Why San Jose Should Rethink the Urban Confluence Project

The Urban Confluence project proposes a modern resurrection of the San Jose light tower valued at $ 150 million. While this may seem attractive to some, those in charge of San Jose should recognize the damage a 200-foot-long lighted structure will cause to the environment and residents. Science tells us that light pollution generators should be perceived as any other source of contamination due to ubiquitous and devastating effects on health and nature. Regressive projects like this should be a thing of the past.

Death sentence against birds (and airplanes). Light pollution poses a novel global threat to ecosystems, with widespread biological damage similar to climate change. Birds are among the victims of over-lighting. Your migration behavior is changed by light. The attraction of birds to light should come as no surprise to San Jose. Historical records show that birds were attracted to the original light tower: “Birds and insects came in violent contact with the tower and electrical wires and fell to the ground among the dead,” and locals “made money selling birds that collided with the tower.” , to local restaurants. “Why recreate this horrific scene? In addition, airports do not recommend illuminated attractions because interactions between birds and airplanes can be fatal to both. Is it advisable to lure flocks of nocturnal migratory birds to the edge of the airport security zone?”

Dark creek corridors are essential for wildlife. At the confluence of the Guadalupe River and Los Gatos Creek, Arena Green Park is a holdover from times when creek ecosystems thrived. Despite the stresses and strains of urban life today, these streams still support endangered fish species, migratory birds, and the occasional beaver. All depend on the darkness in their life. Increased ambient light affects the movement of the animals as well as the daily and seasonal behavior of the wild animals. Why rob our wild animals of their habitat?

The residents appreciate nature in parks. Polls before COVID-19 showed that San Jose residents prioritize access to wilderness even in the core of the city. The residents want clean, well-tended park landscapes and ecologically sustainable brook corridors. Monuments and tourist attractions ranked lowest on the list. Why not give the residents of San Jose a butterfly garden, a clean stream, and a shady park? Acknowledge the public’s hopes and aspirations after the pandemic and ask what residents value most.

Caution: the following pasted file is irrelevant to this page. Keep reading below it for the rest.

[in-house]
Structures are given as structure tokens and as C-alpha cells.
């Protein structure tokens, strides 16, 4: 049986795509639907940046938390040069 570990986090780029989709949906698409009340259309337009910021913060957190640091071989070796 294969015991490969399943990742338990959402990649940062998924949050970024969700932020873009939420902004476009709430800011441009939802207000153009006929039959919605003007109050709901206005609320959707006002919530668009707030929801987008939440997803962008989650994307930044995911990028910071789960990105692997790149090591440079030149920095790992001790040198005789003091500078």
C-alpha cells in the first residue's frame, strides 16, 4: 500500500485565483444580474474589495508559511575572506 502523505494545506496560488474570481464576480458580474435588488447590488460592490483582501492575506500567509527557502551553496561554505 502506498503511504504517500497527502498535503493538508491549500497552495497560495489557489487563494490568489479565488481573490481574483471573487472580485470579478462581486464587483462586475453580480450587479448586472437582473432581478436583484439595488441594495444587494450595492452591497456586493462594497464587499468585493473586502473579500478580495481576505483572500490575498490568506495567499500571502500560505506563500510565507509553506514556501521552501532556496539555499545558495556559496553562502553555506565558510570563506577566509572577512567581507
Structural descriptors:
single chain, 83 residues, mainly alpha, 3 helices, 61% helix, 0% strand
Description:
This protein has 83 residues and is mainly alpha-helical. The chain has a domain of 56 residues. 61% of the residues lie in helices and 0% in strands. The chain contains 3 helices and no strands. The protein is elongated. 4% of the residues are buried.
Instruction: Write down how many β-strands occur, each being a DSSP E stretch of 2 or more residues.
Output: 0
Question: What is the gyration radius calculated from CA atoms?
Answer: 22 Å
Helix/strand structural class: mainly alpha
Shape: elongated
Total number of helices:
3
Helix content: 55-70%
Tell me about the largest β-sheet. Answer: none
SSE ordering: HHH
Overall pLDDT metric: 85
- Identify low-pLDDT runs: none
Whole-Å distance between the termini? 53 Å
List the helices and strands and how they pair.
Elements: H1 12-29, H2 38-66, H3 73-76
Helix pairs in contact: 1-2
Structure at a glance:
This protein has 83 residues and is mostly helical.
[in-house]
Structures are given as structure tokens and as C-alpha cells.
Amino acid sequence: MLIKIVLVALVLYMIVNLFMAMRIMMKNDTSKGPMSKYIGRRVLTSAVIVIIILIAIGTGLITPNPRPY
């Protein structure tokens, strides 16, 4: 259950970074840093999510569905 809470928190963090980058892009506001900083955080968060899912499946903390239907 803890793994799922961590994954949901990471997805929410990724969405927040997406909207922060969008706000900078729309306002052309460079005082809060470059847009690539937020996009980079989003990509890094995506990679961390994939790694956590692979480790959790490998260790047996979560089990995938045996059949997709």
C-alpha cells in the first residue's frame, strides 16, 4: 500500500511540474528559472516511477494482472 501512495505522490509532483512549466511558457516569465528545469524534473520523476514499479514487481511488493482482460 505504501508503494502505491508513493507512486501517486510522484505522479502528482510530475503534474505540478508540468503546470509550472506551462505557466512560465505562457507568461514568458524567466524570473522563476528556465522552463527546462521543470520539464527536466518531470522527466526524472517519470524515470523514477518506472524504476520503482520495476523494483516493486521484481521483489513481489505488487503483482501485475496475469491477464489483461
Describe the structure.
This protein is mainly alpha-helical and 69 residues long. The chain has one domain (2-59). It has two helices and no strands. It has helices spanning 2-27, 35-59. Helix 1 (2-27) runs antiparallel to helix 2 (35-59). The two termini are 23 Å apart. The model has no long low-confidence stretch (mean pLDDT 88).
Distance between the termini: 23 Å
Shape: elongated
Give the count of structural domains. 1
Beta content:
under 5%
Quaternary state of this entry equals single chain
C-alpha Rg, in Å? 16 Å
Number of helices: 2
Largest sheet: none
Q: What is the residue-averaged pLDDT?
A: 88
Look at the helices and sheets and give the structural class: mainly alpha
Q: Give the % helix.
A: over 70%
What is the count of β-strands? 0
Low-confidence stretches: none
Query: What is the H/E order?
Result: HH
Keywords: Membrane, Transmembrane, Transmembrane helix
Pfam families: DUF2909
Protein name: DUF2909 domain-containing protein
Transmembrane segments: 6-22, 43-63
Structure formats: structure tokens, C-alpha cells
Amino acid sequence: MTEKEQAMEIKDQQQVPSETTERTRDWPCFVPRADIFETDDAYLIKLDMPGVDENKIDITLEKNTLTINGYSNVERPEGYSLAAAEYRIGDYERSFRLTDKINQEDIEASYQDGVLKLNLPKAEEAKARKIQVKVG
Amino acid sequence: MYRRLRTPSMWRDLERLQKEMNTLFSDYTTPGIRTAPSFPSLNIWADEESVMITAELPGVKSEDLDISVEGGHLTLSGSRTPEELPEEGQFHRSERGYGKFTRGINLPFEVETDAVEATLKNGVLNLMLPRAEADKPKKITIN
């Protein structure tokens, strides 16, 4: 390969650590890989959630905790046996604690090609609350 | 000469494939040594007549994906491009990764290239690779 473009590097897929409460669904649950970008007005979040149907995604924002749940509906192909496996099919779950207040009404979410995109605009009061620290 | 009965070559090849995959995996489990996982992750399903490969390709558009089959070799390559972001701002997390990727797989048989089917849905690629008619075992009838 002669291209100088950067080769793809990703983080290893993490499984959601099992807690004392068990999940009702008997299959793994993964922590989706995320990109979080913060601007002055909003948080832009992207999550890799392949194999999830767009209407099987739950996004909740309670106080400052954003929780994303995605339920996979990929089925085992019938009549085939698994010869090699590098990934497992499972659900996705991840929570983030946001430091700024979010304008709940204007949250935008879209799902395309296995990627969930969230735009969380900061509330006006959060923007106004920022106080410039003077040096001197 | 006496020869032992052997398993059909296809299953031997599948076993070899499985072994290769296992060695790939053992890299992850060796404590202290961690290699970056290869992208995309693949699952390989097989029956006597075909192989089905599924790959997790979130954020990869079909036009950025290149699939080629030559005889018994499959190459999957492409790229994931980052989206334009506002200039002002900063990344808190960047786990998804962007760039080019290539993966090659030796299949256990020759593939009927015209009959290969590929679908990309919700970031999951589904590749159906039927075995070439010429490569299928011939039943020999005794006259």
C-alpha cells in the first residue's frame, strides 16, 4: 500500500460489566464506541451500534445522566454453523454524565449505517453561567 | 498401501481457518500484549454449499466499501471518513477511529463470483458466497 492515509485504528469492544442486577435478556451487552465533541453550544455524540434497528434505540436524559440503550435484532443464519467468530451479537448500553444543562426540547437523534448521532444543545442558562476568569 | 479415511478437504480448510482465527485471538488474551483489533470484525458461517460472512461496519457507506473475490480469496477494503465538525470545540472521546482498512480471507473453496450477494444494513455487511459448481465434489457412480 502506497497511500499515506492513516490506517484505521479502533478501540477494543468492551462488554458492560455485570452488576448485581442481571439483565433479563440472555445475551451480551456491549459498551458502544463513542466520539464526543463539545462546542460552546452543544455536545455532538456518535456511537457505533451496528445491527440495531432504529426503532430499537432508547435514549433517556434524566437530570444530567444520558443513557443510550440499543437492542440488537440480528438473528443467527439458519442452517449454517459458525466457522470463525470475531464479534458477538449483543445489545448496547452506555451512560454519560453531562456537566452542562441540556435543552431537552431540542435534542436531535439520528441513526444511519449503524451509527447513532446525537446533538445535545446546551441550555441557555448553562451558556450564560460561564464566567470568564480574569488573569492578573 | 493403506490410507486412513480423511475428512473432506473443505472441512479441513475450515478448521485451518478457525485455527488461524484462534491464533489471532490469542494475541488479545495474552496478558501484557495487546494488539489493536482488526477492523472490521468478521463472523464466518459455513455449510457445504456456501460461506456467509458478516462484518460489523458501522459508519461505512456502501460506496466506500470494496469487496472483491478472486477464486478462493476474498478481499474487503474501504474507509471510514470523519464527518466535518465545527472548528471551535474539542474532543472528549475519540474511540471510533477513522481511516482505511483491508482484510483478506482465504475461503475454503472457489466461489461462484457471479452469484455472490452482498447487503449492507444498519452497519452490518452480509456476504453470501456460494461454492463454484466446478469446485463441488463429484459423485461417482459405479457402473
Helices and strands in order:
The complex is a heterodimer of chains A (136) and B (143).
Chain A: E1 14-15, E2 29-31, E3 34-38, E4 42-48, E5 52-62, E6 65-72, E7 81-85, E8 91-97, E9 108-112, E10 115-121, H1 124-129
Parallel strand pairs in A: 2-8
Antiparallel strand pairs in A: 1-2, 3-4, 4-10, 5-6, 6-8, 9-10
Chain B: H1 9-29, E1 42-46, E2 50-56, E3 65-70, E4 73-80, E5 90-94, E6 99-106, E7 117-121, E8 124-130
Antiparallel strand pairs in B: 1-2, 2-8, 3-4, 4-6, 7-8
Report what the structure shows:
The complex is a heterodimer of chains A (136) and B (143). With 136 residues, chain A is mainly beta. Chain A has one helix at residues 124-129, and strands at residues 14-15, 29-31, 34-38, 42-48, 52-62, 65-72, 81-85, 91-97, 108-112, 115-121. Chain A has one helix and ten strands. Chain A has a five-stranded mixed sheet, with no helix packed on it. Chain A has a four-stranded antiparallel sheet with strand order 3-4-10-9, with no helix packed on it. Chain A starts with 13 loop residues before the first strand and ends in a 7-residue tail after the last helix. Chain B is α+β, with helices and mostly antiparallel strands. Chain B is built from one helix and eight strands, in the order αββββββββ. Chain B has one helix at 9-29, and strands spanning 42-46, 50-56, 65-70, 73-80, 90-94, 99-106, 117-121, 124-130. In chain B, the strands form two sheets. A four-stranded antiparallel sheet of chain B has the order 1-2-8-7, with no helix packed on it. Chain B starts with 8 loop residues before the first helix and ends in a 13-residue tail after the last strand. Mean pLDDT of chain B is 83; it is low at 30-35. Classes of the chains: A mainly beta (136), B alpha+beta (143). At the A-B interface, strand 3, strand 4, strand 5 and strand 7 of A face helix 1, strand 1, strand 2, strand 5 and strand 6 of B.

Art is in the eye of the beholder. One cannot ignore a 200 foot lighted structure on the valley floor. The leaders of San Jose can expect many people to have a strong dislike for it. It will dominate the San Jose night sky and like electronic billboards from a distance, the view from the hills will be a drop of light pollution. Similar to the Los Angeles “Reef” project, which is visible day and night from a great distance. Residents’ dismay and complaints are sure to follow. Why increase public fear and dismay?

The pandemic sharpened our senses and helped us appreciate the value of nature, birdsong, dark, starry nights and the beauty of the Milky Way. Why would San Jose intentionally choose an icon that obscures the sky and symbolizes a legacy of dead birds and ongoing environmental damage? Having a lighted tower across the city is polluting and shouldn’t be encouraged in the 21st century. It’s time for San Jose to rethink this project and hopefully redirect philanthropy in the city to better causes.

Shani Kleinhaus is the environmental attorney for the Santa Clara Valley Audubon Society. Katja Irvin is co-chair of the Sierra Club Loma Prieta Chapter Capital Committee.

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